The latest outburst from Theresa May with regard to the EU is completely counterproductive. She is throwing away what she had gained from the limited but still genuine expressions of approval from EU leaders following her Florence speech. Furthermore, she has reinforced her negative image in Brussels following the earlier criticism of Theresa May’s government by the European Parliament on September 26th when it recommended that trade talks should not be initiated because “sufficient progress has not yet been made on citizens’ rights, Ireland and the Northern Ireland (sic), and the settlement of the United Kingdom’s financial obligations”. The UK Government realizes that it still has a long way to go on all three issues, and that with the current negotiating period now nearing the half time break, its present stubborn stance on all those issues could eventually lead to no agreement being reached at all. Most of the government knows full well that such an outcome would be a disaster. That is why her latest outburst about the possibility of no deal and its impact on EU and British citizens' rights is the voice of despair.
The European Parliament may not be directly involved in the negotiations, but it has the final veto on anything that is negotiated. The most emotional issue for Euro MPs is the question of citizens’ rights and the one on which they are least likely to compromise. Finance is a hard-headed issue which will eventually end up with some last minute stop-the-clock kind of bargaining down to the wire with which EU institutions are familiar every time a budget is discussed. The Irish border question is, frankly, a regional issue, albeit a crucial one, as it will reflect what happens on the UK’s main borders as well. Yet the question of EU citizens’ rights in the UK and UK citizens’ rights abroad appears to be the most intransigent, even though both sides pretend that they want the same thing – the preservation of EU citizens’ rights. Even if the EU negotiators may feel they could come to a compromise on this with the British government, they know that the European Parliament will not let them.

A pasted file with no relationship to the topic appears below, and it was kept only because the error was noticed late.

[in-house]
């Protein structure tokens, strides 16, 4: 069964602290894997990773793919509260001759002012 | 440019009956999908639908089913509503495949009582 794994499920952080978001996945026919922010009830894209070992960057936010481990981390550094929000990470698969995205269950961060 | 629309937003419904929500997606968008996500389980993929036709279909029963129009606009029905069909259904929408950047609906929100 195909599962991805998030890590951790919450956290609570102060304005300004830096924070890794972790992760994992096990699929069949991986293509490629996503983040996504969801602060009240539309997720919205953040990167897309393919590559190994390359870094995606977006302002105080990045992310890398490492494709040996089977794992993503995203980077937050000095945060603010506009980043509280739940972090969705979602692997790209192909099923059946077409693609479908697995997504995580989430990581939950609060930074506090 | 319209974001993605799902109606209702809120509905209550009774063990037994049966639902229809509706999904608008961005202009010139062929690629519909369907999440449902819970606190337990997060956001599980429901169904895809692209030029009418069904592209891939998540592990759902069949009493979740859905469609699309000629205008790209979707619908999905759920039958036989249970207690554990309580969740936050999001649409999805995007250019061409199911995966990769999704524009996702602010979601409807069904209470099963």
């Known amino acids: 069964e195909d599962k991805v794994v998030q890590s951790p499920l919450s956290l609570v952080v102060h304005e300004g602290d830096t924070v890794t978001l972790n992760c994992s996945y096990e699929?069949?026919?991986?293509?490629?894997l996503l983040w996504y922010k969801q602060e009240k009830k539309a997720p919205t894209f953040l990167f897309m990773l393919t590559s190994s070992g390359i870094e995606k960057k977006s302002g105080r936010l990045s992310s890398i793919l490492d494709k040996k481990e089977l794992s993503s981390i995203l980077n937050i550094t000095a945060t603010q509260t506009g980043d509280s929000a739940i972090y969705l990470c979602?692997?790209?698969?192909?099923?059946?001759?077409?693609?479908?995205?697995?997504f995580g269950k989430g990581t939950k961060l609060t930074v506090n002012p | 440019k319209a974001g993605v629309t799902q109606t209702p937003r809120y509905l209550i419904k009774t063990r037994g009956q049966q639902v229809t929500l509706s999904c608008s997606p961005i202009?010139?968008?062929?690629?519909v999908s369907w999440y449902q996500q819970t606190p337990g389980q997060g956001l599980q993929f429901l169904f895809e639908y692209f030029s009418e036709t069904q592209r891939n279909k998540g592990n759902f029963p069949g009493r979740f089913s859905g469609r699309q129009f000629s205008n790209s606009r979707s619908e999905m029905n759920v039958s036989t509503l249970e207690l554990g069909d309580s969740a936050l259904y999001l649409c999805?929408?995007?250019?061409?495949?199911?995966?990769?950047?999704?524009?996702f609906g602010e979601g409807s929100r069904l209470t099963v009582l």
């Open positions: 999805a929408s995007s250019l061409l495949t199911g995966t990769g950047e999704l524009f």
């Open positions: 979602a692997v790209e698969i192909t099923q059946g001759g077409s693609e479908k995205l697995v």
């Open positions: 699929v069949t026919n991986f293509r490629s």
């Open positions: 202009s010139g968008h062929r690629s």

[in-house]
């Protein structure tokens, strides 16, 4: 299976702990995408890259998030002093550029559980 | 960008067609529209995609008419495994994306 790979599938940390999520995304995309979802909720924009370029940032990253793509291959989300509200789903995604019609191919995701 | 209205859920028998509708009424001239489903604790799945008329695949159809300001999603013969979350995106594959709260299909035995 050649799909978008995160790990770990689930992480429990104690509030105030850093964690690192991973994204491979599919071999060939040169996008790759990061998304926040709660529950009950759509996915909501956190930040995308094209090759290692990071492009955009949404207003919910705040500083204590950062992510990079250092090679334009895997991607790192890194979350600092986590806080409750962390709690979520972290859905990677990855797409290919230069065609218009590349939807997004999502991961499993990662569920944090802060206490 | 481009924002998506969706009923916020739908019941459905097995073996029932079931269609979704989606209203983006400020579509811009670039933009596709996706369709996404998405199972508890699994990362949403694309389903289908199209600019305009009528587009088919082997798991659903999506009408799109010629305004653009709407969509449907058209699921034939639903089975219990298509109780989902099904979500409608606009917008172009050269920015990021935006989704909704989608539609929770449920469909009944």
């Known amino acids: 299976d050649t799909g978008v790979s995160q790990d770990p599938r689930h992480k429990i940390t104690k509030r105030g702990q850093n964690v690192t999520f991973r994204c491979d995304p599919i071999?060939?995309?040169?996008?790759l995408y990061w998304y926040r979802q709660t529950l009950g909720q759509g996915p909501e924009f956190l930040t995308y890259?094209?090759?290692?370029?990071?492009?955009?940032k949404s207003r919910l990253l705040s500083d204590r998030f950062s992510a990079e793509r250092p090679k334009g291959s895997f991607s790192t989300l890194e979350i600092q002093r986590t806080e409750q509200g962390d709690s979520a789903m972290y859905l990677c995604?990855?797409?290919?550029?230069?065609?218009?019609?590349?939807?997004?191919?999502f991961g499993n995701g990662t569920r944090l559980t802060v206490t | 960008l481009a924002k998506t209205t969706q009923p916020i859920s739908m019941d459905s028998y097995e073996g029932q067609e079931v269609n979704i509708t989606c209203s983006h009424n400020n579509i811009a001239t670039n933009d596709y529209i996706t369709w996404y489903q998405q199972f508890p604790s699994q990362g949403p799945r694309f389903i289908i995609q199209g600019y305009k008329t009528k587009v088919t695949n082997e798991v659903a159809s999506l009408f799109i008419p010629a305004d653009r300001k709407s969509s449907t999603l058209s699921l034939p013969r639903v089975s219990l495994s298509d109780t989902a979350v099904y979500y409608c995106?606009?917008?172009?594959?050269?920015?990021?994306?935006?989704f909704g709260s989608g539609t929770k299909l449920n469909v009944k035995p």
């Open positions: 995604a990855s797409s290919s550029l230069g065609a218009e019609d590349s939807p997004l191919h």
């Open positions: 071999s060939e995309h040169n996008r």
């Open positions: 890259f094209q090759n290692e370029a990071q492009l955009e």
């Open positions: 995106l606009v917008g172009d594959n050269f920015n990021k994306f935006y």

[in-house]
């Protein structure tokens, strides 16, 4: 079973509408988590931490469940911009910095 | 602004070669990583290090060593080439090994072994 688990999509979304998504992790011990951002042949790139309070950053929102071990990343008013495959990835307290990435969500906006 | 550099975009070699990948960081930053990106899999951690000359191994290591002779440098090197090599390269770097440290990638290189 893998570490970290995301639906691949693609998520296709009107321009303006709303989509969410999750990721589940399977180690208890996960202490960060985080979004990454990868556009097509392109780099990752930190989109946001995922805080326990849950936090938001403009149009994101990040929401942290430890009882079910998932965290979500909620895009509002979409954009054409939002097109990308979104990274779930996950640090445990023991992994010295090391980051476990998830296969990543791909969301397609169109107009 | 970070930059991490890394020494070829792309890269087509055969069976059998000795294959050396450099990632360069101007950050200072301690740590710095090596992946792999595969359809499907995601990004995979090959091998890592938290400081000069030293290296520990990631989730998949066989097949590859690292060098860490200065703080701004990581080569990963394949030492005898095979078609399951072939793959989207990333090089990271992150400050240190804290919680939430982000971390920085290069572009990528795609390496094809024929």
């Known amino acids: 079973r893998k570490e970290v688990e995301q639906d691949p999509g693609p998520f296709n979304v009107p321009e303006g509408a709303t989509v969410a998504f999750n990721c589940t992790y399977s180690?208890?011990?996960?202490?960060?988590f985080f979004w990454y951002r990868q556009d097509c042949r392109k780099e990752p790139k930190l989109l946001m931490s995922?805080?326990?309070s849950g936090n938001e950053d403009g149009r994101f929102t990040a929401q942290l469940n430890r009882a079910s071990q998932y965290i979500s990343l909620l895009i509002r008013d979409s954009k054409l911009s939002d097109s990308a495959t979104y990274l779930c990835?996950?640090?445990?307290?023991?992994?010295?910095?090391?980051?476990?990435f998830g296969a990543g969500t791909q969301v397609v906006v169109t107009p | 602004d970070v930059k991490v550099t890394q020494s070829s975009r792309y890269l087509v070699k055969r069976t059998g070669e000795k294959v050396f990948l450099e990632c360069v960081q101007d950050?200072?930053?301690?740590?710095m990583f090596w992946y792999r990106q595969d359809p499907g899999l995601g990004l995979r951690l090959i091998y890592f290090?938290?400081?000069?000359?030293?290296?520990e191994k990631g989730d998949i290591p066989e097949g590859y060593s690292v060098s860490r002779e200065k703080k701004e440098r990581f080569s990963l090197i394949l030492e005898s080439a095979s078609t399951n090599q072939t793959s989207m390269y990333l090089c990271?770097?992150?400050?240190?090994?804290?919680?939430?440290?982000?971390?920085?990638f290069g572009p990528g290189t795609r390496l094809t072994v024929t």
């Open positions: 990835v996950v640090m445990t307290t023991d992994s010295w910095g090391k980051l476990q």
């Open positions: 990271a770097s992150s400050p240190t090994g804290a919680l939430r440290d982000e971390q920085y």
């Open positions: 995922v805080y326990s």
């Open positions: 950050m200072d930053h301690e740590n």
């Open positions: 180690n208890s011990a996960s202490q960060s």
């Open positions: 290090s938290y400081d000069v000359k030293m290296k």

Both sides now agree that EU citizens and their families in this country should be allowed to stay with full working rights, access to the same pensions, benefits and health services as UK citizens, while those who have not yet worked off their full 5 years to achieve the right to stay should be given time to complete those years. What is more, public sentiment in the UK is not divided on this matter. Opinion polls show a distinct majority in favour of EU citizens retaining their rights as before. The right to vote in local elections and the European Health Insurance card are also likely to be retained provided talks are not broken off and both sides are working towards agreeing continuing mutual recognition of academic and professional qualifications. In her letter to “the3million group”, who have been putting the case for the 3.z million EU citizens in this country, Theresa May still maintains that she wants to “make sure that no one who has made their home in this country will have to leave, that families will be able to stay together, and that people can go on living their lives as before.”
Yet practice has belied the Prime Minister’s words, not only for the period after Brexit, but even now, while the UK is still supposedly in the EU and subject to its directives. The Home Office is already treating EU citizens as if they were subject only to UK Immigration rules, deporting vulnerable EU citizens, depriving EU children of British passports previously granted to them and authorizing health authorities to charge EU citizens for their services. Furthermore, as a show of UK sovereignty the Home Office has already announced that the current EU based permanent residence scheme is to be abolished and is advising community groups that all 3.2 million EU citizens should apply to register for a new form of “settled status”. EU citizens will now have to apply afresh in the space of 2 years for rights they currently already have, rather than having them merely confirmed, while existing rights to unite families and to return to the UK after a 2 year stay abroad will be abolished after Brexit. The British government is drawing a red line over leaving EU citizens under the protection of the European Court of Justice.